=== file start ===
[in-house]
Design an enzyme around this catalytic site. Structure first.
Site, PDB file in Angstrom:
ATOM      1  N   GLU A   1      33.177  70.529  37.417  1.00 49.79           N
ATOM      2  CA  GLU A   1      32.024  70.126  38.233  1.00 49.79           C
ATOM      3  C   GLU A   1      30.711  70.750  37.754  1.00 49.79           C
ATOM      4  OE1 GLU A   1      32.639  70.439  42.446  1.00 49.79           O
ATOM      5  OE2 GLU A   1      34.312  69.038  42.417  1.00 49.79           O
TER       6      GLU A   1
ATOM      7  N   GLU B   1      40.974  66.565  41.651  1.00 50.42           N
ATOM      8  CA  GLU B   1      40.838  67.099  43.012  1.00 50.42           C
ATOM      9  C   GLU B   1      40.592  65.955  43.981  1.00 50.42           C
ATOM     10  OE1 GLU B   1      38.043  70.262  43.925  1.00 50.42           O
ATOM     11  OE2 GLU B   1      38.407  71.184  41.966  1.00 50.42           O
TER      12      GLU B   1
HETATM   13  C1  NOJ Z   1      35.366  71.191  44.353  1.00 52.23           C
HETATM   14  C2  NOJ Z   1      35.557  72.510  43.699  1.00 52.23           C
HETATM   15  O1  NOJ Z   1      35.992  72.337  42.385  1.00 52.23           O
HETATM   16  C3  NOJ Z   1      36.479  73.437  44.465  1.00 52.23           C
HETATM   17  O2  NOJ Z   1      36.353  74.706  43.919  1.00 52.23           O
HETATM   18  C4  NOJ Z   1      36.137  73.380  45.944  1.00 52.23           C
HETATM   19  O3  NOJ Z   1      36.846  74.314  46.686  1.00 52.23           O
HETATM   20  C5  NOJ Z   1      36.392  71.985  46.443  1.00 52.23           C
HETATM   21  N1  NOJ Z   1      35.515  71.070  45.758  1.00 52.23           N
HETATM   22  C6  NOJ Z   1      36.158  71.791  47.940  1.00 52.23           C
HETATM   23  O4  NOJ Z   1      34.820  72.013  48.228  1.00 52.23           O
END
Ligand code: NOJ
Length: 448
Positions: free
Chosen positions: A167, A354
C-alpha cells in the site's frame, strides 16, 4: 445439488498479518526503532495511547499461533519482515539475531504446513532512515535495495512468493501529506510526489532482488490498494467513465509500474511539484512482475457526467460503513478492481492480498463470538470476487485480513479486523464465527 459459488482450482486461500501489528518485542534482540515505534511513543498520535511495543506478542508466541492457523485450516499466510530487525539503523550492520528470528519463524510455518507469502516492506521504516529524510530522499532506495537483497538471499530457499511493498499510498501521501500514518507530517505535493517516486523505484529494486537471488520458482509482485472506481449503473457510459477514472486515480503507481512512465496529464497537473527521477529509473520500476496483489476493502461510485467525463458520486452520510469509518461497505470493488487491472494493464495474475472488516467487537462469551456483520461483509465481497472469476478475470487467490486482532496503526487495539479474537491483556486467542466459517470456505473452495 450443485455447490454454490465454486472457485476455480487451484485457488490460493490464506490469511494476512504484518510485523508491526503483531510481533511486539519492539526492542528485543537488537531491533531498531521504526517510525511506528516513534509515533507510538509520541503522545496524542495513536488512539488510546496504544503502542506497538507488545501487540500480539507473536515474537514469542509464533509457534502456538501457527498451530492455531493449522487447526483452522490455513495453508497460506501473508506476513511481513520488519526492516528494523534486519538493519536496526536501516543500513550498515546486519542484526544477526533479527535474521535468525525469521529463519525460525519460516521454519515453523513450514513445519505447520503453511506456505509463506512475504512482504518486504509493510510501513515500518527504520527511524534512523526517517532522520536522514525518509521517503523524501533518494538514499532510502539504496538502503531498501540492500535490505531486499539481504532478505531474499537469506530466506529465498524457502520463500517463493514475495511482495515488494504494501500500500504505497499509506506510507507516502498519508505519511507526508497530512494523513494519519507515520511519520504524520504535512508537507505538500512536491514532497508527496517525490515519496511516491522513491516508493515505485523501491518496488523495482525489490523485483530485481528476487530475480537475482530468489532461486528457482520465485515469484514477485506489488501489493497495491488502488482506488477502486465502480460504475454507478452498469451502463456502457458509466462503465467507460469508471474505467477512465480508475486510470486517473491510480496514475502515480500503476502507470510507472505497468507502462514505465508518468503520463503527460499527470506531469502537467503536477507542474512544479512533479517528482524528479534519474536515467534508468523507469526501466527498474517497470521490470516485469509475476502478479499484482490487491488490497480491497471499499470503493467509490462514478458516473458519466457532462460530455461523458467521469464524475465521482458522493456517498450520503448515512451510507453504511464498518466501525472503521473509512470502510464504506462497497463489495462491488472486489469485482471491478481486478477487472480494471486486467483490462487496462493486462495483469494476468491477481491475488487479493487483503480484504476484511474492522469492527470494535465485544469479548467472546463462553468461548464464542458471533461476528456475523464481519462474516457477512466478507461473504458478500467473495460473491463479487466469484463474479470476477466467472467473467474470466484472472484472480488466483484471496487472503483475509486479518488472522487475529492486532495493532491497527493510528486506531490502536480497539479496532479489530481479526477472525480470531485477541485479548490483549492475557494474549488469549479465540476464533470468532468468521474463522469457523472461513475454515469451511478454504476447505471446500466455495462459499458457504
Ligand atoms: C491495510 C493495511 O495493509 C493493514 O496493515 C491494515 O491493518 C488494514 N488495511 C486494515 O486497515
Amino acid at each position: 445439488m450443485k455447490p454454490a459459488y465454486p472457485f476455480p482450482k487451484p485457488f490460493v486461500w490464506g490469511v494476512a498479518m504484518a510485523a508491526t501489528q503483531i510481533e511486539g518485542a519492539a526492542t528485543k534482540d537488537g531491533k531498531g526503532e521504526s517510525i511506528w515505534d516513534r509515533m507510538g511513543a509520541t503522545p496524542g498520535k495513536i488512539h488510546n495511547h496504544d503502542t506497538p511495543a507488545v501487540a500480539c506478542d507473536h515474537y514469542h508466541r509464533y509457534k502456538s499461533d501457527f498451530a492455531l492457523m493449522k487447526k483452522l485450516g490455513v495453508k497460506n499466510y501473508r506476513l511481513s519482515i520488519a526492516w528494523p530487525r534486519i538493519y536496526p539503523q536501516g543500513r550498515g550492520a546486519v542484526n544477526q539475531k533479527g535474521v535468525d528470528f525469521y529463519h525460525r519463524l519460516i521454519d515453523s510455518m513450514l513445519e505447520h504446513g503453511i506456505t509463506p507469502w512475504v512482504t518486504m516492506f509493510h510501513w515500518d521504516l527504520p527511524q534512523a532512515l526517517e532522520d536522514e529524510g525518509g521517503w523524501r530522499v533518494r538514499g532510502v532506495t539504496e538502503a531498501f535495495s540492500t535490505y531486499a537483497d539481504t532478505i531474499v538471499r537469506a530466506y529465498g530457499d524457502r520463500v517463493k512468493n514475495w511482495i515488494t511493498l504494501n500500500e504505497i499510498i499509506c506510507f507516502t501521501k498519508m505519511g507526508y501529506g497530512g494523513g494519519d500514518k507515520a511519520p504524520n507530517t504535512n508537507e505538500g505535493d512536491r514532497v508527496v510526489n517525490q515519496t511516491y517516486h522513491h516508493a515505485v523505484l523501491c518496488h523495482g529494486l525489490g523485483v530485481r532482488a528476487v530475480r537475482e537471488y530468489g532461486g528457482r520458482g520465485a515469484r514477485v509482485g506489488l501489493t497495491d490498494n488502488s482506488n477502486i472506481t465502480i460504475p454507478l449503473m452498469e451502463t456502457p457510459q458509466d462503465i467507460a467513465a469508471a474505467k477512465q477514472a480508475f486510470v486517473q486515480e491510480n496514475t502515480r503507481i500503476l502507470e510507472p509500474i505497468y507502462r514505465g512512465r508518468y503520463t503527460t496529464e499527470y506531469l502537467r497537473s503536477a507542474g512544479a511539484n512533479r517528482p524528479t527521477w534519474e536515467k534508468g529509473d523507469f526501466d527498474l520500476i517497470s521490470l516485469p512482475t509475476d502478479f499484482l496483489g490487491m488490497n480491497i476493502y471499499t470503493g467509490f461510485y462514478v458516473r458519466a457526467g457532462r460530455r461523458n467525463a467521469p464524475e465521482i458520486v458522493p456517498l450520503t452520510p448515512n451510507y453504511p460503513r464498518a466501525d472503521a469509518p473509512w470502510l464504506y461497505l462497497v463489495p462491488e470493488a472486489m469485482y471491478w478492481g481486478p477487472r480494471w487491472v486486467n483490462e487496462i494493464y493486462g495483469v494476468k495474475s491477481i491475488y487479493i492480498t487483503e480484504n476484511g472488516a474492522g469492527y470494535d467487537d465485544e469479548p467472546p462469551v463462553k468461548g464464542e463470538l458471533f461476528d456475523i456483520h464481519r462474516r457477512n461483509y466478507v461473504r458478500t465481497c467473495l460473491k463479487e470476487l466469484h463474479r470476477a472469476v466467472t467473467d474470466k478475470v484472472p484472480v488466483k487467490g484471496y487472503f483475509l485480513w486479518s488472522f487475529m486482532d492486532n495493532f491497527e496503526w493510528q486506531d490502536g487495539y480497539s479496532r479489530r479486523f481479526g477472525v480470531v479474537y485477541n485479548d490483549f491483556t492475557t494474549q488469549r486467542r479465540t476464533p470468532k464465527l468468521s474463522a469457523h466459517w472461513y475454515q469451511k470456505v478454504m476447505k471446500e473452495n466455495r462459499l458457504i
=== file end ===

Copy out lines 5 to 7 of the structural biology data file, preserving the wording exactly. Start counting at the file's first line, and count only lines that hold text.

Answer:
ATOM      2  CA  GLU A   1      32.024  70.126  38.233  1.00 49.79           C
ATOM      3  C   GLU A   1      30.711  70.750  37.754  1.00 49.79           C
ATOM      4  OE1 GLU A   1      32.639  70.439  42.446  1.00 49.79           O